But we don’t hear it that way do we, all we get today is a warm fuzzy feeling when we hear this passage. And our response is usually one of, “Awwwww.” Now, don’t get me wrong, there’s nothing wrong with that. I’ll forever respond with awwww every time I hear this passage. But too many people have been hurt, even died, because the church has not taken this passage seriously, that we really can’t afford to only get warm fuzzies from this passage. So, how do we put this passage back into its original context? How do we get its power back? How do we get its corrective nature back? 

For those of you blessed with two loving parents, do you remember doing something bad and then having to wait for one of your parents to get home and deliver the punishment? Do you remember that feeling? That’s the feeling that you should keep in mind as you read this letter from Paul. Or how about being told to stand in the corner and “think about what you’ve done”? Remember that feeling? Oh, this one’s even worse, how about when a parent or guardian told you that they were disappointed in you, rather than handing out a punishment! Oh man, I’d taking a whipping or a grounding any day over that! This is the frame of mind we should approach this beautiful passage from Paul with. As a homework assignment, I’d encourage you to reread it with that mindset and see how different it sounds.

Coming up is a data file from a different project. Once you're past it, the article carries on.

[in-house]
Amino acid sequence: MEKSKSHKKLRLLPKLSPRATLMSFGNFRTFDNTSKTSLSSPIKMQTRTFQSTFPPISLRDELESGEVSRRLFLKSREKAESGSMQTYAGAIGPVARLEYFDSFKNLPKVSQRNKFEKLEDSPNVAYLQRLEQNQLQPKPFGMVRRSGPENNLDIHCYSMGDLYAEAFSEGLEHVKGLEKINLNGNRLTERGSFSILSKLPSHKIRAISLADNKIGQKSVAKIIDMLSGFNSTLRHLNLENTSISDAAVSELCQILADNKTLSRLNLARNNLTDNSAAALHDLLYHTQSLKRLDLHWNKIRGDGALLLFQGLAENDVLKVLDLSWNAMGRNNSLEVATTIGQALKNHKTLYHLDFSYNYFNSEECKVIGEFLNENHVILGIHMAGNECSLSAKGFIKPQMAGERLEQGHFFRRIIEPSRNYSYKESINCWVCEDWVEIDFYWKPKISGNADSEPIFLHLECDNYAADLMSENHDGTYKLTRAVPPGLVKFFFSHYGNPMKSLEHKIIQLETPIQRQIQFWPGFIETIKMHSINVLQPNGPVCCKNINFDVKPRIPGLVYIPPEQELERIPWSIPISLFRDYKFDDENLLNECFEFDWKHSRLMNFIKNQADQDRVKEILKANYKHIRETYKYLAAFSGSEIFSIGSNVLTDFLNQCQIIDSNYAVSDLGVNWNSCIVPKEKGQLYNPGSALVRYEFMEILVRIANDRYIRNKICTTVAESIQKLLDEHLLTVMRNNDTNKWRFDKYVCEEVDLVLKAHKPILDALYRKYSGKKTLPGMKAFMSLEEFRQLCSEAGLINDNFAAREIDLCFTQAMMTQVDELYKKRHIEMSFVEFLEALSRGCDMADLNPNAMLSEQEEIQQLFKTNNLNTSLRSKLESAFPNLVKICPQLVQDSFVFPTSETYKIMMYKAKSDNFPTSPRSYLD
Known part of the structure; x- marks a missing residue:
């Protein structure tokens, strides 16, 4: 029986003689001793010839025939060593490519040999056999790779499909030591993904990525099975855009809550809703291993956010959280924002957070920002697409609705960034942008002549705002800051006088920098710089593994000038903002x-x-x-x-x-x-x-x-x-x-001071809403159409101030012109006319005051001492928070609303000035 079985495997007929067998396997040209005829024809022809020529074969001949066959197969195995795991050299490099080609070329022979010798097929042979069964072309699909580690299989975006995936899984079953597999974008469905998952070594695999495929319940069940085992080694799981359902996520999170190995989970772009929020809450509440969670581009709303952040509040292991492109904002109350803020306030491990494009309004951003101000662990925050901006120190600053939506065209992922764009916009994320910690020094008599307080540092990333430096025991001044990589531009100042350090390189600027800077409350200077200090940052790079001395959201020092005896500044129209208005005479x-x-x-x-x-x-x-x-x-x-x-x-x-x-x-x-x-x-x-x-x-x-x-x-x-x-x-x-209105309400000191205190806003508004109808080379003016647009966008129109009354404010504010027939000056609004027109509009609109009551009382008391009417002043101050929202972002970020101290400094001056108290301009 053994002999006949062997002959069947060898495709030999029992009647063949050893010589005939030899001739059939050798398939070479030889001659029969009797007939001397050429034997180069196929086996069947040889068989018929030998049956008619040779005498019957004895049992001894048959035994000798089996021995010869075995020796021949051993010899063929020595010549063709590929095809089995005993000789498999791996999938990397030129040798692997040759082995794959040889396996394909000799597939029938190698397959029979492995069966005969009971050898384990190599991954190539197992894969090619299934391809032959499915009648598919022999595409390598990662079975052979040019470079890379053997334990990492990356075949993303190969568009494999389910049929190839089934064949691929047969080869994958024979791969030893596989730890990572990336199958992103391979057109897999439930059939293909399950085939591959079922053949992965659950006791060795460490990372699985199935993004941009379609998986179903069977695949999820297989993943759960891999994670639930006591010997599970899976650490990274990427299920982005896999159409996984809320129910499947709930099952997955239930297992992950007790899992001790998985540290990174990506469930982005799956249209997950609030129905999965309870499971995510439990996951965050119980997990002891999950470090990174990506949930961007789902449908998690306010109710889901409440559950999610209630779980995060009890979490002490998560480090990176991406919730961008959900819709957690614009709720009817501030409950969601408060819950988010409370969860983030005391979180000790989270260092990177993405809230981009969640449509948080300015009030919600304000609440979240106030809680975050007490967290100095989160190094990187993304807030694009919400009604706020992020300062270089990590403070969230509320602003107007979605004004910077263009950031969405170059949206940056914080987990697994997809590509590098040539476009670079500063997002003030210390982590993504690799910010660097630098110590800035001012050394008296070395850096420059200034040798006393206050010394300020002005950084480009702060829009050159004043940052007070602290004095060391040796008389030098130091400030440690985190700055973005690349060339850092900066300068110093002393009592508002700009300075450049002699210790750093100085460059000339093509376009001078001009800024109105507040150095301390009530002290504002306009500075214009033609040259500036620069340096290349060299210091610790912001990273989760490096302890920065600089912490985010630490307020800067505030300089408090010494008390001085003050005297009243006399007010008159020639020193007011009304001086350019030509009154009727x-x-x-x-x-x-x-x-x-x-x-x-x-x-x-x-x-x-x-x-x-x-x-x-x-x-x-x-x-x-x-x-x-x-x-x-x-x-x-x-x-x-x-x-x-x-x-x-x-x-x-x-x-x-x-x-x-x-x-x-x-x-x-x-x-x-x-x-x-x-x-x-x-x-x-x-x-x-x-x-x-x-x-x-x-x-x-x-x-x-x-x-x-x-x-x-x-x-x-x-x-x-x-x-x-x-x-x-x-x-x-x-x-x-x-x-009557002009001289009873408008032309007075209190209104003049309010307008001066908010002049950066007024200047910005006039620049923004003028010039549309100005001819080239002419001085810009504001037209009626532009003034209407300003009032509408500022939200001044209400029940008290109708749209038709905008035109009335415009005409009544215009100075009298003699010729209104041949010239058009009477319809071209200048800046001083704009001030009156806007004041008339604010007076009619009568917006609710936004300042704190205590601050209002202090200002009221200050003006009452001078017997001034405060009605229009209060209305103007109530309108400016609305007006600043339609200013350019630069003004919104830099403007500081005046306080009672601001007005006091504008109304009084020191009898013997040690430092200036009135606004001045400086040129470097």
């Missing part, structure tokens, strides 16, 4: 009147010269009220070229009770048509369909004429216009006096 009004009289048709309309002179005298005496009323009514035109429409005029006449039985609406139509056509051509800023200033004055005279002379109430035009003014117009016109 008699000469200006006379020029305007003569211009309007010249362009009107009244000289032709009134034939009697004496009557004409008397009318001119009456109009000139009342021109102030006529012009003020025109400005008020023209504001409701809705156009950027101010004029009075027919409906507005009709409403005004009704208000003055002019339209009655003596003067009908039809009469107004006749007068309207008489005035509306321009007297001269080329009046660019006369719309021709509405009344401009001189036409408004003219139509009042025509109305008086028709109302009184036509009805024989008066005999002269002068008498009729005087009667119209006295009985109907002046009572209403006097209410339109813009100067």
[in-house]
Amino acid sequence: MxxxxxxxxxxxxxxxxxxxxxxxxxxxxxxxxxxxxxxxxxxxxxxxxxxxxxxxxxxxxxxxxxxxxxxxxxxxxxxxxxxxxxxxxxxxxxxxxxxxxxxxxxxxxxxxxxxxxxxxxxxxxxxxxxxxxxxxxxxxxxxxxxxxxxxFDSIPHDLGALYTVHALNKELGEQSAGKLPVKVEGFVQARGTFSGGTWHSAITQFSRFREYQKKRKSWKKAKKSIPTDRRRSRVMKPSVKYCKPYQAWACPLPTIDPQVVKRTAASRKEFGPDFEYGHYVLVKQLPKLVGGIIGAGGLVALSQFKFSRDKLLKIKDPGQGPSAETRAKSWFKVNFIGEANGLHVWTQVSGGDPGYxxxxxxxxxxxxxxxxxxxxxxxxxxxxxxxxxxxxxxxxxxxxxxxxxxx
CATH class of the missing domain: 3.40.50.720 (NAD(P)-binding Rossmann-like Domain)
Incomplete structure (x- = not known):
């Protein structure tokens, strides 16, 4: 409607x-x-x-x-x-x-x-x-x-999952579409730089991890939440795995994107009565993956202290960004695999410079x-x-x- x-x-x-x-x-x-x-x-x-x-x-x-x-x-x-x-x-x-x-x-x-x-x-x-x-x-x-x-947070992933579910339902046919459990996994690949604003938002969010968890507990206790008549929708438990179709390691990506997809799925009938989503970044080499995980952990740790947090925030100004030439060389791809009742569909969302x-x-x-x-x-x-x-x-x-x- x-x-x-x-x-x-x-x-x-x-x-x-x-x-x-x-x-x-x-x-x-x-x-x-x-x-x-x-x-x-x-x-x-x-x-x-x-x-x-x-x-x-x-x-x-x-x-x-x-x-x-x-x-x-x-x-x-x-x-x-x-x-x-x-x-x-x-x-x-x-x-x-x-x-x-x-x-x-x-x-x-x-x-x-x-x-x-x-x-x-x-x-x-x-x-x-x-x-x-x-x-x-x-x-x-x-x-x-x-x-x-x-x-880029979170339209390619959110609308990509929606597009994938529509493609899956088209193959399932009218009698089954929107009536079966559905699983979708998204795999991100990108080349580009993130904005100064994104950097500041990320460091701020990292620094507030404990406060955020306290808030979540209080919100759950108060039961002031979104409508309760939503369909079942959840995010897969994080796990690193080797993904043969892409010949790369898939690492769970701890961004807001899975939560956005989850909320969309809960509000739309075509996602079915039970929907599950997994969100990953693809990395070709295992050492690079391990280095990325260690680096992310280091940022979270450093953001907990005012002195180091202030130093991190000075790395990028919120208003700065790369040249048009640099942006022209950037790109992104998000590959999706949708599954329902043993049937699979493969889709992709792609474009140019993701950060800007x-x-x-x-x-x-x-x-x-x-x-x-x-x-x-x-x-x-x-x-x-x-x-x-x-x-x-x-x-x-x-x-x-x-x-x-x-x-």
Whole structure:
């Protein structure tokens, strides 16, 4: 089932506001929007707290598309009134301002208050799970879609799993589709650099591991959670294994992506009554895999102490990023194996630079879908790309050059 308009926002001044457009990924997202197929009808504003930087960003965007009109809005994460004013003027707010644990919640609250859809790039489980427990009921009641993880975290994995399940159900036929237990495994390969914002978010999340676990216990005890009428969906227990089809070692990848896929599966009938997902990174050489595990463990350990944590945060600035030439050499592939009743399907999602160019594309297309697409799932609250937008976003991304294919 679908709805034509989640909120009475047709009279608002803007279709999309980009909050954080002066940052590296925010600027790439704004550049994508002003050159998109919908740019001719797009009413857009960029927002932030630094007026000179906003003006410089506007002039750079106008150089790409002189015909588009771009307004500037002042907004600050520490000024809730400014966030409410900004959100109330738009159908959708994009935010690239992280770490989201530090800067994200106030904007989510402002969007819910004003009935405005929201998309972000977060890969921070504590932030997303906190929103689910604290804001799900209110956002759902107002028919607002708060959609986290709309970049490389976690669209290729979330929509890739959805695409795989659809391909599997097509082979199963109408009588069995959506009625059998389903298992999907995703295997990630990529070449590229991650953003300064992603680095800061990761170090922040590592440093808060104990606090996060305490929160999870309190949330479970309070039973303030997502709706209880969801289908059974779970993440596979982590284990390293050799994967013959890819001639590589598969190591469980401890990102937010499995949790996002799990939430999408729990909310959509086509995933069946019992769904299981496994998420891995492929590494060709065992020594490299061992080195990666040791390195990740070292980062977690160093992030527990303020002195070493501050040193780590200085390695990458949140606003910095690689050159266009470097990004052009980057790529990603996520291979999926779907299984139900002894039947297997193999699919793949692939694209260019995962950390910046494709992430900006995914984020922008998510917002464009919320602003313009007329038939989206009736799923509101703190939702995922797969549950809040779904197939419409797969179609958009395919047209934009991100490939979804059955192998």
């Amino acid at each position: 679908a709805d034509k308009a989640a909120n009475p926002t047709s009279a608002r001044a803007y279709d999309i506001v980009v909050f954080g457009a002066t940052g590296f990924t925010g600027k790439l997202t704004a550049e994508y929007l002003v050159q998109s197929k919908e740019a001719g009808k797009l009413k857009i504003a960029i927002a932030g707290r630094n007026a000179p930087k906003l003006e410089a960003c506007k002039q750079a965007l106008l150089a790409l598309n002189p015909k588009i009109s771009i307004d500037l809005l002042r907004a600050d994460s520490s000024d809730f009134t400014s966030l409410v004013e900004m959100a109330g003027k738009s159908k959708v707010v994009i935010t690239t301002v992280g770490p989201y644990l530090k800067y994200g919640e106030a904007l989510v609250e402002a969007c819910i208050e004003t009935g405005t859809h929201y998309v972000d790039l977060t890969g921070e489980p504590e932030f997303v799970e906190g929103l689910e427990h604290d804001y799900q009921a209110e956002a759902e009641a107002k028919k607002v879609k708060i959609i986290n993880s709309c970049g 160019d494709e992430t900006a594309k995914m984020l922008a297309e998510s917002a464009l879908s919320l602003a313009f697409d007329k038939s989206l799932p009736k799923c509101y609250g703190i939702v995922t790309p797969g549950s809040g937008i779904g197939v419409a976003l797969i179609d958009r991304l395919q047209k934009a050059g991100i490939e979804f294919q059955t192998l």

But not right now, let’s keep moving. One of the things that I love about this passage is how practical it is. One of the lessons I remember from my internship supervisor in Alabama was how important it is to give people practical help in a sermon, examples of what you are talking about, to help them incorporate what I’m saying into their everyday lives. And that is exactly what Paul does here. He gives us lots of verbs and adjectives that not only describe what love looks like, but also what it doesn’t look like, just in case we weren’t sure. He really drives this home for us. So, I’d like to first take a look at what love isn’t, and to do that, I’ve put all those verbs and adjectives together, both the ones he gives us for what love isn’t, but also the opposite of the ones that he gives for what love is. Here is what that list looks like, this, according to Paul, is what love is not supposed to look like: hatred, intolerance, cruelty, jealousy, boastfulness, arrogance, rudeness, selfishness, irritableness, ignorance, bitterness, despair, injustice, skepticism, impermanence, and disappointment.